In 1860, residents living in Danbury, Connecticut banded together to build a large, earthen dam to create a reservoir that would provide a steady water supply for the town’s steadily-increasing population and burgeoning factories. A few years later, they built a second dam about a mile downriver, and the structures became known as the Upper and Lower Kohanza Dams, named for the Kohanza Brook that flowed from the newly-built reservoirs into the heart of downtown Danbury two miles away.
In late 1868, a slight crack had been discovered in the Upper Kohanza Dam, but no action was taken as residents were confident that such a small fault would have no effect on the massive earthwork. On the frigid evening of January 31, 1869, however, disaster struck as the upper dam collapsed under the pressure of the ice-choked body of water it was designed to hold back. As the wall of icy water roared downstream, it completely washed away the Lower Kohanza Dam. Minutes later, a massive wave containing two reservoirs’ worth of water, as well as ice chunks, boulders, and tree trunks, slammed into downtown Danbury. A February report in Harper’s Weekly described the terrible moment in sensational detail:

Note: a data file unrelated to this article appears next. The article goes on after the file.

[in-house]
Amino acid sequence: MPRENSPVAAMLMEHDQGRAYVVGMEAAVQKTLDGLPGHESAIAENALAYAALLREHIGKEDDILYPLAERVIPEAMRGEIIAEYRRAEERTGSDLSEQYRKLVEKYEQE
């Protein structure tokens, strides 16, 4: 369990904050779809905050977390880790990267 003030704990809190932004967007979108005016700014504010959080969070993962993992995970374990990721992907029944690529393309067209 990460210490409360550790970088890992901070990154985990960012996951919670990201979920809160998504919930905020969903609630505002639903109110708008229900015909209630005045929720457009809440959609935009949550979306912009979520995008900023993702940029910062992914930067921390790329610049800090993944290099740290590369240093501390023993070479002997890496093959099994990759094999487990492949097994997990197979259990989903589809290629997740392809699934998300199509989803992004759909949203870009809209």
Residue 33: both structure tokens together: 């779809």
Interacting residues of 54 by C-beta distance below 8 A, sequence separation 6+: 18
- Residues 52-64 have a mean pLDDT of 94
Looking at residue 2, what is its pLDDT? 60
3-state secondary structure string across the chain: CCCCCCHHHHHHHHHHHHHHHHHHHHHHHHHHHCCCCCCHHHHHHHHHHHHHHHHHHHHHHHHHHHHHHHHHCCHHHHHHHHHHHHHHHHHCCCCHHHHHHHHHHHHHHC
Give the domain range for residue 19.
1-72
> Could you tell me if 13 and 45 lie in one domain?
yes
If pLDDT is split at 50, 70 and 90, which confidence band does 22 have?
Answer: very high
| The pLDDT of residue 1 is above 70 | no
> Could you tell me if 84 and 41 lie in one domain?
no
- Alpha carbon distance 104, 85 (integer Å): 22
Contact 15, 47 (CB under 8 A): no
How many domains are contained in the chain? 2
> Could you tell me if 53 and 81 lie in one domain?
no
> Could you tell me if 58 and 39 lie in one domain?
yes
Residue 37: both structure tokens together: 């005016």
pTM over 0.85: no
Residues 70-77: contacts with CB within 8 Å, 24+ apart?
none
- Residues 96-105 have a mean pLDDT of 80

“With terrible velocity [the floodwaters] struck the houses on Main Street near the river bank, instantly sweeping them from their foundations. …The water seethed and roared fifteen feet above the bed of the river; the noise of wrecked houses mingled with the screams of drowning men, women, and children; and what the water did not overwhelm was demolished by the rushing ice and timber.”
At least eleven people were confirmed killed by the flash flood, which had come and gone in less than 30 minutes. Bridges, railroad tracks, and factory buildings were completely destroyed, ensuring a long and painful rebuilding process for the town. By all accounts, the flood caused by the broken Kohanza dam was the worst recorded disaster in Danbury’s long history, in terms of lives lost and property destroyed. In spite of the disaster, the Kohanza dams were eventually rebuilt, though on a much smaller scale than before. A disastrous night to remember in Danbury, today in Connecticut history.
“Frozen Reservoir Destroys Danbury,” connecticuthistory.org